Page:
Title

High CO2 evasion during floods in an Australian subtropical estuary downstream from a modified acidic floodplain wetland

Document Type

Article

Publication details

Ruiz-Halpern, S, Maher, DT, Santos, IR & Eyre, BD 2015, 'High CO2 evasion during floods in an Australian subtropical estuary downstream from a modified acidic floodplain wetland', Limnology and Oceanography, vol. 60, no. 1, pp. 42-56.

Published version available from:

http://dx.doi.org/10.1002/lno.10004

Peer Reviewed

Peer-Reviewed

Abstract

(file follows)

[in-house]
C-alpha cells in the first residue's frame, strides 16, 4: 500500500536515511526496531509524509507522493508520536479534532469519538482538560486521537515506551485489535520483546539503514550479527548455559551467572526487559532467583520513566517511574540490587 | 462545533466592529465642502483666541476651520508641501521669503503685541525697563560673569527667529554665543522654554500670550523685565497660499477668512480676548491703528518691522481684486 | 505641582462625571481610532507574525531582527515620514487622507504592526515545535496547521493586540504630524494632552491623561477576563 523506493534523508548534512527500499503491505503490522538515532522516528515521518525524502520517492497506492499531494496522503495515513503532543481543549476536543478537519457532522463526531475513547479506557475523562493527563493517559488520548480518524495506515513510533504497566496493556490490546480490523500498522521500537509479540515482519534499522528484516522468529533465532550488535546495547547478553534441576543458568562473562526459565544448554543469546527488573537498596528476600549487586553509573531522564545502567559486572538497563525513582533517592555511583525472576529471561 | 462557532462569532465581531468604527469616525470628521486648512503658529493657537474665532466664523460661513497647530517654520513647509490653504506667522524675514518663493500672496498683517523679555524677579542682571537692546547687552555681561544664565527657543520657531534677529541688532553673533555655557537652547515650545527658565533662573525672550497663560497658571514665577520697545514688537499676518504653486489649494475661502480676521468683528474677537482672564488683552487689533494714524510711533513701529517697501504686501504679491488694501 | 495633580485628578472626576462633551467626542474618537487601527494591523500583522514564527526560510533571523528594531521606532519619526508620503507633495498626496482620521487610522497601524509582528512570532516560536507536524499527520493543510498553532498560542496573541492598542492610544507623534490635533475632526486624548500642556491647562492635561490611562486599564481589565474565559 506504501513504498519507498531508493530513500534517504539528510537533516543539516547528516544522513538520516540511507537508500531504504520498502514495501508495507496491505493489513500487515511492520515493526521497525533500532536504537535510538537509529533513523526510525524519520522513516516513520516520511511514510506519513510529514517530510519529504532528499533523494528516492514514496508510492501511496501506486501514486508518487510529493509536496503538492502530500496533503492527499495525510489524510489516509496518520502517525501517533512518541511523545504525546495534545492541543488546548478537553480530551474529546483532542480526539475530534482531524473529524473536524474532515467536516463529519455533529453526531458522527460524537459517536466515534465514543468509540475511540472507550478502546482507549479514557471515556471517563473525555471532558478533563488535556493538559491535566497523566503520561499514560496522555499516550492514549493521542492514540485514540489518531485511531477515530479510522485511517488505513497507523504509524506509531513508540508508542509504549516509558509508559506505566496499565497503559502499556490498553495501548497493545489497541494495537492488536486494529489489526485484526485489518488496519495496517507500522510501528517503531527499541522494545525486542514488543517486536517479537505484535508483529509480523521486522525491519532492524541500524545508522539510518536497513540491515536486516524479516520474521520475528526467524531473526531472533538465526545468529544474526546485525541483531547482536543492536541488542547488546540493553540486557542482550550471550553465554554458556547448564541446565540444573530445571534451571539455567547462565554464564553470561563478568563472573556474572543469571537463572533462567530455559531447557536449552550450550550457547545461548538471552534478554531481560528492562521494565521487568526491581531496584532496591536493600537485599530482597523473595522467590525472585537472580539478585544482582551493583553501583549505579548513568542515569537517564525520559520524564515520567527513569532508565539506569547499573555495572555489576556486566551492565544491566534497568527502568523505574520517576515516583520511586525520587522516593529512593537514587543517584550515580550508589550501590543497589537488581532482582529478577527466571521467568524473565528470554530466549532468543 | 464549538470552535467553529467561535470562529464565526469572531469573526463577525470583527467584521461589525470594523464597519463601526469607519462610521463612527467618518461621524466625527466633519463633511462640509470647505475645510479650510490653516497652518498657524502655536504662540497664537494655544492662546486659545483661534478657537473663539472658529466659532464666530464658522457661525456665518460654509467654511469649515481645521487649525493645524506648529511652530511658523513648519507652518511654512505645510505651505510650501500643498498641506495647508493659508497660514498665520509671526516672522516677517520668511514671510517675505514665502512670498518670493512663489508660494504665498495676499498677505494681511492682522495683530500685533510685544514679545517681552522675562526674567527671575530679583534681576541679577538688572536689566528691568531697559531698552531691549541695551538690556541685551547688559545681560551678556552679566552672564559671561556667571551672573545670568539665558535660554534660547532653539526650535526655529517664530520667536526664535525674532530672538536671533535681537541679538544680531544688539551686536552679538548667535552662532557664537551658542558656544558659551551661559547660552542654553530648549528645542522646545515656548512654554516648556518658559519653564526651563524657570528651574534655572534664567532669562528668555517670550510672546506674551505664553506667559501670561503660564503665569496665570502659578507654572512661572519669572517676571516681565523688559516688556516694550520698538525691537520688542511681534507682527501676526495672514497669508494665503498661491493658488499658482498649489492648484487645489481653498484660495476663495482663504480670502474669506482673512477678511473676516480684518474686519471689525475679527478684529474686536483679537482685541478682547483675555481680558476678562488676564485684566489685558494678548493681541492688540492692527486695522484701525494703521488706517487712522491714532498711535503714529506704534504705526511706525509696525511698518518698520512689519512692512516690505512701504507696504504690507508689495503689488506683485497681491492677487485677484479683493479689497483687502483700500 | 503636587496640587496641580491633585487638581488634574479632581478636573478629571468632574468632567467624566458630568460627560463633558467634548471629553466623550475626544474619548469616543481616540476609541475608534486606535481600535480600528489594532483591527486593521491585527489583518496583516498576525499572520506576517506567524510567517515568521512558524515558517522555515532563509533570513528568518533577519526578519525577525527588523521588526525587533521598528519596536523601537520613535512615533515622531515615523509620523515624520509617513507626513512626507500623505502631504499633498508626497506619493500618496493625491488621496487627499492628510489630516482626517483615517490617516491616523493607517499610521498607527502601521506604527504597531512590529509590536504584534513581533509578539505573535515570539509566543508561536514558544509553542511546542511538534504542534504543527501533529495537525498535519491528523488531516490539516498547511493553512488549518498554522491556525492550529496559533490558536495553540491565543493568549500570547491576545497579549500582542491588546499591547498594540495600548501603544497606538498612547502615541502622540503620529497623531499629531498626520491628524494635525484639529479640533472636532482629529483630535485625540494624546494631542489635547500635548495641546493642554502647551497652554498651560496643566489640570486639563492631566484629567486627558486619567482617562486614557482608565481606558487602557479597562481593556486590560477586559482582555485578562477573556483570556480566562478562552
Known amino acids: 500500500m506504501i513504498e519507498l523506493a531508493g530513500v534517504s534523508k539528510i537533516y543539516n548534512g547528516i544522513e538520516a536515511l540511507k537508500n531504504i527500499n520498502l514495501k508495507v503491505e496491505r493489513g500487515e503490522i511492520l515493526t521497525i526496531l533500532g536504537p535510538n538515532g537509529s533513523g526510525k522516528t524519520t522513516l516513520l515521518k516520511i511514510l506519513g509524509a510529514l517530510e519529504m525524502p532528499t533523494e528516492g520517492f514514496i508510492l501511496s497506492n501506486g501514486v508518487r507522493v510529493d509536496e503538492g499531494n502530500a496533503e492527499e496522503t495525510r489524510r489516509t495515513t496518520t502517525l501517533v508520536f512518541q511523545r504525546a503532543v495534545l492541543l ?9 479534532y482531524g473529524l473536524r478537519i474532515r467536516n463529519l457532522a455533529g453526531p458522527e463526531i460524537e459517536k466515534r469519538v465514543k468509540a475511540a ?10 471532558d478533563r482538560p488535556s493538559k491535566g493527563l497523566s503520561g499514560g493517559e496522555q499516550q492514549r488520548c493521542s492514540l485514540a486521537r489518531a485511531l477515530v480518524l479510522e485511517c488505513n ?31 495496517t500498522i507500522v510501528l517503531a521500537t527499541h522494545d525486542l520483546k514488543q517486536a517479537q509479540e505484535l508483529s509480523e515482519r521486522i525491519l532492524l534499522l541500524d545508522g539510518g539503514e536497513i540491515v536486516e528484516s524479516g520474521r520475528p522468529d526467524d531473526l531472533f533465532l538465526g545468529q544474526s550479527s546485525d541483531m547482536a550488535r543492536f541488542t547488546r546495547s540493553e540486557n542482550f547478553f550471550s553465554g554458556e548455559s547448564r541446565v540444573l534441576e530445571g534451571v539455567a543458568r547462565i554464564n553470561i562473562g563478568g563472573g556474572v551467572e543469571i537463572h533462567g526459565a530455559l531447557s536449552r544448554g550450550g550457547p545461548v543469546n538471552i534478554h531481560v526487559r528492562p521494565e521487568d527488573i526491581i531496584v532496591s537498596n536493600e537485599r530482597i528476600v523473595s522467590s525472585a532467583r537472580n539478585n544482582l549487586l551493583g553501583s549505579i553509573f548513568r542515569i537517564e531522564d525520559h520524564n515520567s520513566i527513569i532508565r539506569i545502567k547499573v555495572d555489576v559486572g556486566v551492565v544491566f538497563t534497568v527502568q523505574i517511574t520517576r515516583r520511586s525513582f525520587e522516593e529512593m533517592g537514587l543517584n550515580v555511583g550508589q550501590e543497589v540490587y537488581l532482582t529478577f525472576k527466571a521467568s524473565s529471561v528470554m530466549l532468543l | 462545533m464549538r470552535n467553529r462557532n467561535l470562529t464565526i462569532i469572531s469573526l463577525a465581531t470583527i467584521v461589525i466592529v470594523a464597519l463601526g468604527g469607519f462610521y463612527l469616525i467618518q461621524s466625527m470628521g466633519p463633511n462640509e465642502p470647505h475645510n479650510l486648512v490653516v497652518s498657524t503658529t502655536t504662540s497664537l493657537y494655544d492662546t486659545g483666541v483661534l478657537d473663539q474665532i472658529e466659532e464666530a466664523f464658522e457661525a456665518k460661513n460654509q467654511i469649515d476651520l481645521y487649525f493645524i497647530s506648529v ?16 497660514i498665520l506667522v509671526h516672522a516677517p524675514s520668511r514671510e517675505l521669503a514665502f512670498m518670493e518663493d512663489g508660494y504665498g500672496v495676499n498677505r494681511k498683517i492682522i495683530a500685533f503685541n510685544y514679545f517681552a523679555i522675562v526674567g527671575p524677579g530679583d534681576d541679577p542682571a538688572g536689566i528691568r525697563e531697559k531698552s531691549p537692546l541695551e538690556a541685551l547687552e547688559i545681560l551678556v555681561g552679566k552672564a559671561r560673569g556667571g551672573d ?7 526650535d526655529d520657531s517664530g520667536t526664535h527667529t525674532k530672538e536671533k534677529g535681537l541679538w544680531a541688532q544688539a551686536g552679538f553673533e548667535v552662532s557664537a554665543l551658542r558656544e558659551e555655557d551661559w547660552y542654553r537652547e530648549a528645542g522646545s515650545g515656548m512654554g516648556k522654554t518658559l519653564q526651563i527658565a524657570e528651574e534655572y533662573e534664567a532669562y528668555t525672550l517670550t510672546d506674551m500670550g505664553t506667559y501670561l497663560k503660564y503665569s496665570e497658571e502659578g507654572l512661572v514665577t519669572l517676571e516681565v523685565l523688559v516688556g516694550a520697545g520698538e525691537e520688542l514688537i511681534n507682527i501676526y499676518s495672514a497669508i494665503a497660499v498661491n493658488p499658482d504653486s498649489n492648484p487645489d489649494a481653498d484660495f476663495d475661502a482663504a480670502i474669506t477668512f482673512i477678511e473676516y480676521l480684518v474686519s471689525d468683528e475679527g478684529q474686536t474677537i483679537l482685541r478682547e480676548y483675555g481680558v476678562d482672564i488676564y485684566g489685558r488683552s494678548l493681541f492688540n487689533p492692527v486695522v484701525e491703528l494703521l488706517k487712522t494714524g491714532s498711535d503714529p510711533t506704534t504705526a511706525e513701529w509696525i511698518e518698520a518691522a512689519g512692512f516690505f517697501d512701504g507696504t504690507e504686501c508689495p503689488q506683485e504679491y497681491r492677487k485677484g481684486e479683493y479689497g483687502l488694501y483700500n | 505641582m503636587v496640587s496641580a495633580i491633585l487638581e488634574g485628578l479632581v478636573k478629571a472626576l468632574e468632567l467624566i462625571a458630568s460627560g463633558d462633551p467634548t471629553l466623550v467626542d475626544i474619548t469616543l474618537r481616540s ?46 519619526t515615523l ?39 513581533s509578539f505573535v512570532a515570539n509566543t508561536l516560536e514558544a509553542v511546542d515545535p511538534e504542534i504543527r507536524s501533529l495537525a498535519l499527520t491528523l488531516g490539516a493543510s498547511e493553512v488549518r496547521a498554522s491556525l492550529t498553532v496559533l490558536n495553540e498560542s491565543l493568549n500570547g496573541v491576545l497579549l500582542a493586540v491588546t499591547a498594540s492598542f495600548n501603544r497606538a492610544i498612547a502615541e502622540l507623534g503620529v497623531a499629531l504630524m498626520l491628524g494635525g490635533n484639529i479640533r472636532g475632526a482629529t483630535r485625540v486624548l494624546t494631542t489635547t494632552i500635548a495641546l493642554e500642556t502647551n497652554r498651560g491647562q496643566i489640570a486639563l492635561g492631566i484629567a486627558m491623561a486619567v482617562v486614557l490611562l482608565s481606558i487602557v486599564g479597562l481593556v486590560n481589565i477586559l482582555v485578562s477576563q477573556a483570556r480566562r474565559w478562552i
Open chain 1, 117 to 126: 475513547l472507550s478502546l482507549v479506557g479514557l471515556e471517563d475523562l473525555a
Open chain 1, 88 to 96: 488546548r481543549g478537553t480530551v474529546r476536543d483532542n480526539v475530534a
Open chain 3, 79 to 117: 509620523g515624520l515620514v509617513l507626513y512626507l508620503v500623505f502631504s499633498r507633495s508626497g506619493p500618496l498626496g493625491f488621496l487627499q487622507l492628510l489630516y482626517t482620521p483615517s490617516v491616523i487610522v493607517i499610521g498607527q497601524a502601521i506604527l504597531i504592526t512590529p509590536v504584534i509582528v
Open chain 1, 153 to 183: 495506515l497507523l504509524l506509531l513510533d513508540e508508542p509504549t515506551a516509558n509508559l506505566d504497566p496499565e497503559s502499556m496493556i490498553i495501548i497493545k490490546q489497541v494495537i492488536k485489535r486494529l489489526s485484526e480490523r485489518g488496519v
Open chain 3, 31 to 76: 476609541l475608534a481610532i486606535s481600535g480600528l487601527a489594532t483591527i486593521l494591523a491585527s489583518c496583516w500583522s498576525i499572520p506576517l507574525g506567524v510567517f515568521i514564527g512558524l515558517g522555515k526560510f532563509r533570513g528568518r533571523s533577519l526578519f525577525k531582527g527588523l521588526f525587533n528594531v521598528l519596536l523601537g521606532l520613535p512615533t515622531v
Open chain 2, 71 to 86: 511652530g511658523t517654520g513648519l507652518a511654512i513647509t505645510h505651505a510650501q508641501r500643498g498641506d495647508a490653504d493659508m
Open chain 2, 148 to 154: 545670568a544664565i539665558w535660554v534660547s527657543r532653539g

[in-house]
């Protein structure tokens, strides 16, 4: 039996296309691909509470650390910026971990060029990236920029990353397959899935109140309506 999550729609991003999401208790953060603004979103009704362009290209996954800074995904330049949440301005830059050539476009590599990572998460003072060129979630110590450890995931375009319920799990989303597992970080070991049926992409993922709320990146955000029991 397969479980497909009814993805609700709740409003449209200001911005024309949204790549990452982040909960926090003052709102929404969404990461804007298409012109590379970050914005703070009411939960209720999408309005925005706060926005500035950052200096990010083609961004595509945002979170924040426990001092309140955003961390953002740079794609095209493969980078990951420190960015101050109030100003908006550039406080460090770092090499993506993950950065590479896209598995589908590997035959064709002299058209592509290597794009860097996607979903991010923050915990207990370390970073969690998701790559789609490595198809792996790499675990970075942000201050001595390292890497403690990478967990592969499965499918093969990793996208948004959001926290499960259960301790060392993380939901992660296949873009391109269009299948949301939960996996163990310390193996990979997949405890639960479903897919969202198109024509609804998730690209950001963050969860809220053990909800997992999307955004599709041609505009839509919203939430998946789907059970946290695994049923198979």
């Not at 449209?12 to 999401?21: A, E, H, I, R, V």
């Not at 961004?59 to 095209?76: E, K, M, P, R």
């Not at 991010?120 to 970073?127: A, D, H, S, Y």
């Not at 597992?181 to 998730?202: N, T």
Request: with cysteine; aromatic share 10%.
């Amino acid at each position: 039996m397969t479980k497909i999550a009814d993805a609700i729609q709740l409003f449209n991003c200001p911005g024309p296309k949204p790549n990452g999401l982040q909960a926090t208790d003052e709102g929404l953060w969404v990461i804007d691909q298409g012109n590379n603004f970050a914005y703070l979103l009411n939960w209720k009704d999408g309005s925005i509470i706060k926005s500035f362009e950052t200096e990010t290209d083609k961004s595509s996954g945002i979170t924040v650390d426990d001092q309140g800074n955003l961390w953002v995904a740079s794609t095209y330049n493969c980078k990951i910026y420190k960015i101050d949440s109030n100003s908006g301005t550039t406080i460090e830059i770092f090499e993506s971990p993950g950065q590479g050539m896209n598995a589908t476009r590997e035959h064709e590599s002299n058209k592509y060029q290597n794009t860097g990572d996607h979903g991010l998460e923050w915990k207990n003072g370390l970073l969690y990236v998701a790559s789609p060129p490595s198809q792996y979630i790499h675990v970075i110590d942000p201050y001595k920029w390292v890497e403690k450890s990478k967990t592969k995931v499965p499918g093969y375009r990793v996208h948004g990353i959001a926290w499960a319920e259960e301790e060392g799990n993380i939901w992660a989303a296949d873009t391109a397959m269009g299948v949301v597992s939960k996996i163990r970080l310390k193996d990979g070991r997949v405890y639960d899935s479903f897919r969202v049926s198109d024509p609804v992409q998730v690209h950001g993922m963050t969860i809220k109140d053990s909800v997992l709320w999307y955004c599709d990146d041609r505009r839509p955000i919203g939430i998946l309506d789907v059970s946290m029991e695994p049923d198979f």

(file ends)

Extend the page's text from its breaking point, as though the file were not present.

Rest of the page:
Dissolved CO2 dynamics associated with flooding and postflood recovery were investigated in the lower estuary of the Richmond River and a tributary draining an acidic wetland. Heavy rains (up to 133 mm d21) resulted in large discharge volumes (up to 250 3 106 m3 d21) flushing the estuary in less than a day. Maximum values of the partial pressure of CO2 (PCO2 , 2006 Pa or 19,801 latm) occurred during the postflood recovery period. High PCO2 values were related to the transport of floodplain metabolic products via surface runoff and groundwater as well as the low pH (4.22) of waters draining a modified wetland with coastal acid sulphate soils. Aerobic respiration alone could not explain the high concentrations of CO2 in the estuary and an area of low buffering developed in the 0–20 salinity range. PCO2 was correlated with freshwater discharge in the Richmond River main channel (R2 5 0.82; p < 0.05; n 5 9) but not in the acidified tributary (R2 5 0.17; p > 0.05; n 5 7). Air-water fluxes of CO2 were at the high end of the range for aquatic systems (maximum 1413 mmol C m22 d21, mean 252 mmol C m22 d21). This study highlights the large spatiotemporal variability of PCO2 , the importance of episodic flooding events, the role of adjacent modified acidic wetlands, and the role of groundwater discharge as a source of CO2 to estuaries. Global estimates of CO2 air-water fluxes in estuaries may be under estimated due to the lack of high-resolution data to capture short-term episodic events (e.g., flooding), in tropical and subtropical areas.